The time does not yet appear to have come for Richard [his son, who lives with him in Turkey] to leave me, altho’ he is now of age (only think of it, Mary). He says nothing about it, and I am no way inclined to press him, altho’ I must confess if I could see a little more anxiety in him respecting futurity, I should be pleased. Give Richard 5 or $600 per annum for life, and I doubt if he would give himself any trouble to gain more. I expect no change will take place in him until it is brought about by some female. With his sensibility, it is impossible he can go thro’ this world without coming under that influence.

Holmes [another son living with him] is now beginning to be a man, and I confidently hope will not only be a very amicable one, but will have every disposition & qualification to push his way thro’ this world. David [another son living with him] is yet quite a boy, altho' he is a very big one, little opinion can yet be formed of his character. So far it is not one likely to make him many friends. Where in the name of goodness he picked up all the pride he has got, I know not. We get on tolerably well, as he is perfectly obedient, but I plainly see that nothing short of my authority would make him so.

My little Edward [a son born to him from his second marriage, to a Greek woman in Smyrna] grows finely, & ‘is a pretty boy, just like his father’. That is all I can yet tell you of him....Helen [his Greek wife, married in Smyrna in 1820] is in good health, and I can now tell you, without, I believe, any offence to the modesty of an American lady, that she is again in the ‘family way’. If we are to pass such a summer as the last, sometimes in our house, and others aboard ship, I had just as leave today, to say the least of it, that she was not in such a way...

This year has been a very bad one for me in trade, as my expenses have been unavoidably greater than usual. A good sum, however, has gone in such a way as I have always been told will hereafter be paid with good interest. My losses at last must be very considerable. Take the thing in the best possible light, the gains have been very small. Still, I have experienced a greater degree of happiness at my fire side than I have felt for a long time. I even being to doubt whether prosperity is not rather inimacable to happiness than otherwise. After all, why should a man torment himself about tomorrow who is to die this night. My means are still equal to the acquirement of all things necessary or useful to me. My children will not have the opportunity of spending as much money as they might have had under a different state of affairs, & certainly there is no harm in that. So then, all things considered - patience...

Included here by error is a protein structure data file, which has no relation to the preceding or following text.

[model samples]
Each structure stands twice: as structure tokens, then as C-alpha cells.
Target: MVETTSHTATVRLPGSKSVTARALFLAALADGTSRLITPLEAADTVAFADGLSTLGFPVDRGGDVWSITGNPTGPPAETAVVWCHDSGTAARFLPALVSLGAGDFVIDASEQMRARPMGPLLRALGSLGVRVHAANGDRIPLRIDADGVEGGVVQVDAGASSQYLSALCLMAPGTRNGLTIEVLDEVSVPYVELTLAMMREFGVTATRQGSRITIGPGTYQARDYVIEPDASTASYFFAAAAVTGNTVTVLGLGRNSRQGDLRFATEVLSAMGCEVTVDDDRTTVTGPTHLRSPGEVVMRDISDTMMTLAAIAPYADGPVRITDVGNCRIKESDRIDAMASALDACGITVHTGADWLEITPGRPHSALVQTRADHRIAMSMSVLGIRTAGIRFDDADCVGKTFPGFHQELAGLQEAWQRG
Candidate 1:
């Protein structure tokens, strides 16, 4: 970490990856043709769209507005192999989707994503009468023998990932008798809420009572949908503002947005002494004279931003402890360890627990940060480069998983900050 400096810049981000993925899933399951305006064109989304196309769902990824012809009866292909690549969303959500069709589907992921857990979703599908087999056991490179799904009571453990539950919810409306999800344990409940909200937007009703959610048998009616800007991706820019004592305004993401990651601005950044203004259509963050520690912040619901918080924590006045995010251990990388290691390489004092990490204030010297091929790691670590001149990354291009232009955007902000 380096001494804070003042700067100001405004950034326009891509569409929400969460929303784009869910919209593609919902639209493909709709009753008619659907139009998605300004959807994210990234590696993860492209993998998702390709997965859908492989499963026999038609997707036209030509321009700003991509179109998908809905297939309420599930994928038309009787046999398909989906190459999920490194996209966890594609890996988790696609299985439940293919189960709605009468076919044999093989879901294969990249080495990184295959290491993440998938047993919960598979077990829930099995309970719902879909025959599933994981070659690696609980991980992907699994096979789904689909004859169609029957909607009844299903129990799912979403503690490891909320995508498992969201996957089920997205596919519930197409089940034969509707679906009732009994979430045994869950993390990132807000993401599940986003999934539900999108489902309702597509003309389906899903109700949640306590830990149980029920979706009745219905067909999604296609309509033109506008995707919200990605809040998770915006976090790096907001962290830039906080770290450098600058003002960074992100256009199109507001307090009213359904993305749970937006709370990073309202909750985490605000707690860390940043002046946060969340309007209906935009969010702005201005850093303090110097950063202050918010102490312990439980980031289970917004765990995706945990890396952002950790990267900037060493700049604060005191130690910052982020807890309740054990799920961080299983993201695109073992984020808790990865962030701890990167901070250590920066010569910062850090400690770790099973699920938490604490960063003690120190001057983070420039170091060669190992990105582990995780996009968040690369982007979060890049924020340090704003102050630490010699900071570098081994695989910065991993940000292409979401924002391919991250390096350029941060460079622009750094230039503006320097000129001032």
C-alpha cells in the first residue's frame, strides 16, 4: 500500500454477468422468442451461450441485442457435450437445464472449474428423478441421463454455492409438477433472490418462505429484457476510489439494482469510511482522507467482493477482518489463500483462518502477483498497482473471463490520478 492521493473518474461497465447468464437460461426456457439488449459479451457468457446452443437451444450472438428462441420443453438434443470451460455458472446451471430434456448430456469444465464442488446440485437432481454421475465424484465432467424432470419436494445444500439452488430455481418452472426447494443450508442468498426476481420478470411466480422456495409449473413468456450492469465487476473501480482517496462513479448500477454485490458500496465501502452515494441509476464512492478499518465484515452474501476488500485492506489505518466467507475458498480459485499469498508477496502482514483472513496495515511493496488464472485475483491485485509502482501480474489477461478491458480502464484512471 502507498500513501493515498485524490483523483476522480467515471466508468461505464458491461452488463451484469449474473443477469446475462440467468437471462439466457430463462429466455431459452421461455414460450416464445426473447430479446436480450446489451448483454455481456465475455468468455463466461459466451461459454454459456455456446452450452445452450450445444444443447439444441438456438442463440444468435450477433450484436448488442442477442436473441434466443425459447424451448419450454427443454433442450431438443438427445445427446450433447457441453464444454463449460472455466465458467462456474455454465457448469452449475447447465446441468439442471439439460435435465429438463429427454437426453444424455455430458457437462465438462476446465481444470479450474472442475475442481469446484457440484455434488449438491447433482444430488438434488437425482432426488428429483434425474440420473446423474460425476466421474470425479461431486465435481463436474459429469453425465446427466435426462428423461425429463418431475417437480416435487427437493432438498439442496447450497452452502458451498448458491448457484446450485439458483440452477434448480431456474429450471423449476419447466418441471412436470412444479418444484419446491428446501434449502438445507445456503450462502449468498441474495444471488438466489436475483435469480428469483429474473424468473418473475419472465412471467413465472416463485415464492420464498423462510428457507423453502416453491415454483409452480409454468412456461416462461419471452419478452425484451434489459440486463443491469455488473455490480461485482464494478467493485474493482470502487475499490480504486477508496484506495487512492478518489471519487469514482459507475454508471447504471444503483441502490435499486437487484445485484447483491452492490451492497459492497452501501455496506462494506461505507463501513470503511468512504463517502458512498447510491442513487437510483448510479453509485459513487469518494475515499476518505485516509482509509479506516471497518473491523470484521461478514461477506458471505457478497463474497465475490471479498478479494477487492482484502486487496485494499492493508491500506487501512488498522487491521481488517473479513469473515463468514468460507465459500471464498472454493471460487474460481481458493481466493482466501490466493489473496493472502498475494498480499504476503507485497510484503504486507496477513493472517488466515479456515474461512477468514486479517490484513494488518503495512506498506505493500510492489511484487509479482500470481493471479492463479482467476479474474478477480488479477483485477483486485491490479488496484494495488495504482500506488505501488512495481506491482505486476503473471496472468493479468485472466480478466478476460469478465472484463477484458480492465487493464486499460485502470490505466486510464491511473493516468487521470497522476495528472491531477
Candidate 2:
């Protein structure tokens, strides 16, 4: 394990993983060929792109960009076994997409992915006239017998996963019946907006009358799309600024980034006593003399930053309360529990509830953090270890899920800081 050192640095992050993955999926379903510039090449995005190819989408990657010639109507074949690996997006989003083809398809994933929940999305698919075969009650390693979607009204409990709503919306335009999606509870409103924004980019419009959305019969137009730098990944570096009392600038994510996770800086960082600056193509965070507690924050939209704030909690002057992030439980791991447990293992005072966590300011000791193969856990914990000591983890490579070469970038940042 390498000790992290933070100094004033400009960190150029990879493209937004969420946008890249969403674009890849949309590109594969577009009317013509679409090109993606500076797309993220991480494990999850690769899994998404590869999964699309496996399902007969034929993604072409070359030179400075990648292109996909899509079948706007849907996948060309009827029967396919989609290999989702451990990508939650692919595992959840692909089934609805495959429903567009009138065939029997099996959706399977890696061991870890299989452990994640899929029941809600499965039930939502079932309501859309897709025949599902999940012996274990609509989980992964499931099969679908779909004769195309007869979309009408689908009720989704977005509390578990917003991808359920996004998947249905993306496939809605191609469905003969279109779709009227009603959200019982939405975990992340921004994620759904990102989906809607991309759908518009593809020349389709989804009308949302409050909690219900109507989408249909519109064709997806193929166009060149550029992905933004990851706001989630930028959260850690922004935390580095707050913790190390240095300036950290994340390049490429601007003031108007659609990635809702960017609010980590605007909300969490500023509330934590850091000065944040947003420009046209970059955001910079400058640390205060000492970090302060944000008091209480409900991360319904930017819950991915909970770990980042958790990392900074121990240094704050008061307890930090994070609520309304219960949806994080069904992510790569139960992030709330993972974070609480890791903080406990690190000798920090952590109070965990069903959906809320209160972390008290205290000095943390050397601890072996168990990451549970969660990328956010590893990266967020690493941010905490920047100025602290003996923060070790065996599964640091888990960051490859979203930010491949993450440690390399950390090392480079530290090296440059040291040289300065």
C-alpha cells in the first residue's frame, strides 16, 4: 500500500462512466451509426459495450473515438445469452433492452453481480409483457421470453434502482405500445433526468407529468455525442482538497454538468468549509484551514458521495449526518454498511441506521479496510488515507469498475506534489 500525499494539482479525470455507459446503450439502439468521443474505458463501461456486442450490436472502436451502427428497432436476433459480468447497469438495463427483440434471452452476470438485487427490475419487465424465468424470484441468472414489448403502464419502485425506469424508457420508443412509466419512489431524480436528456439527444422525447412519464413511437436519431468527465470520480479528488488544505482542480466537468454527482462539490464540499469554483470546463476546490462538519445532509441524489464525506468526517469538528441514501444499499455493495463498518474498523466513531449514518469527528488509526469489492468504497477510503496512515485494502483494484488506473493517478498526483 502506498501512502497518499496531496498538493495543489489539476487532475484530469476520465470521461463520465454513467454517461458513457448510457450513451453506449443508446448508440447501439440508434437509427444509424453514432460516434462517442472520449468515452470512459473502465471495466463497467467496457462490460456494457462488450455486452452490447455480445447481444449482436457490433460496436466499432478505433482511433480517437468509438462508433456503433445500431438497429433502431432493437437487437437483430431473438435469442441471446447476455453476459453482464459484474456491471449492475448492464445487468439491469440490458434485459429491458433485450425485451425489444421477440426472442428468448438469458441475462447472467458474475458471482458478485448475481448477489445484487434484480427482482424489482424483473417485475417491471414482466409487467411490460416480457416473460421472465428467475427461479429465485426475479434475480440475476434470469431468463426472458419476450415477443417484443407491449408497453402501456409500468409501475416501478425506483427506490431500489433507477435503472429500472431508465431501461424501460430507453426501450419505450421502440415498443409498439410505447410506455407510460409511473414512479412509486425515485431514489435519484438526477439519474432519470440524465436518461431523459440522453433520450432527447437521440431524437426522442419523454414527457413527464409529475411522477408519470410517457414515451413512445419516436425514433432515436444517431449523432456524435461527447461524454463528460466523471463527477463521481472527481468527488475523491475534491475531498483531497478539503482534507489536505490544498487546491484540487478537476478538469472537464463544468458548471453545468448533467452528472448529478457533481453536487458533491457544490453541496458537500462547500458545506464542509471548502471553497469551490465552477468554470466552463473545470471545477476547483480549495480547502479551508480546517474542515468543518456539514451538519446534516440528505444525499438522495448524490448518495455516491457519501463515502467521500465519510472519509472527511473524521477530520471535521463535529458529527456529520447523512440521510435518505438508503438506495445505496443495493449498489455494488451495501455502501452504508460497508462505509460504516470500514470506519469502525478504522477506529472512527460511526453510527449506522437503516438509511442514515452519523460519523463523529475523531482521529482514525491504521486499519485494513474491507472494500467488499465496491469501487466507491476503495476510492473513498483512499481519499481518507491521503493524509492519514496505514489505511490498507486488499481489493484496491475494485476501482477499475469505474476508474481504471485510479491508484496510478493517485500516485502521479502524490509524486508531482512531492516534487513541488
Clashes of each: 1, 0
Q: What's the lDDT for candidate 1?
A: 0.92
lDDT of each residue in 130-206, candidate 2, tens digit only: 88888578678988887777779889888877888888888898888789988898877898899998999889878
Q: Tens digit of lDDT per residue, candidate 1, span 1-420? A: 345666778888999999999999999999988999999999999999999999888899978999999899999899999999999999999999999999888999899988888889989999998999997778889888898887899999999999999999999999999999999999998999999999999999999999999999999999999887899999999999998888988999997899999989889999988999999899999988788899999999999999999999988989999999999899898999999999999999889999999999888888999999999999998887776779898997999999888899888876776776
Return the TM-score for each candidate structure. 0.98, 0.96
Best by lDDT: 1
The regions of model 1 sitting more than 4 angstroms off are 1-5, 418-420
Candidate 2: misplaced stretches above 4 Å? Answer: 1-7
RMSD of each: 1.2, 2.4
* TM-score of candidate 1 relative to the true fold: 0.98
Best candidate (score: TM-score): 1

12th Feb’y. When I write my Sister or my friends, I do not like to leave my letters for the last moment. I had, however, no idea that the vessel by which I send this would have been detained so long. As it is, I have nothing new to add, and which in itself is something in these times. We have late news from Constantinople, where great hopes of a peace are entertained, but I fear hopes have more to do with this opinion than judgement. In fact, few persons can have any reason on which to form an opinion, so we must wait patiently for the result. You know, Mary, my opinions that our actions, not being regulated by our wills, but rather by circumstances over which generally we have no control. There is no saying what we shall do tomorrow, altho’ at this moment it appears probable I may leave my bones in this country, yet I know there are many circumstances which may happen & which may force me away. I frequently think of the predictions of Mr. Crouch, and which thus far have been right. For the accomplishment of the remainder, I apprehend it will be necesssary for me to return to the U. States. Who can say that this may not yet be the case...”

Contents of other letters written by David Offley, 1815, 1818, 1820, 1821, 1823, 1824, 1829, 1831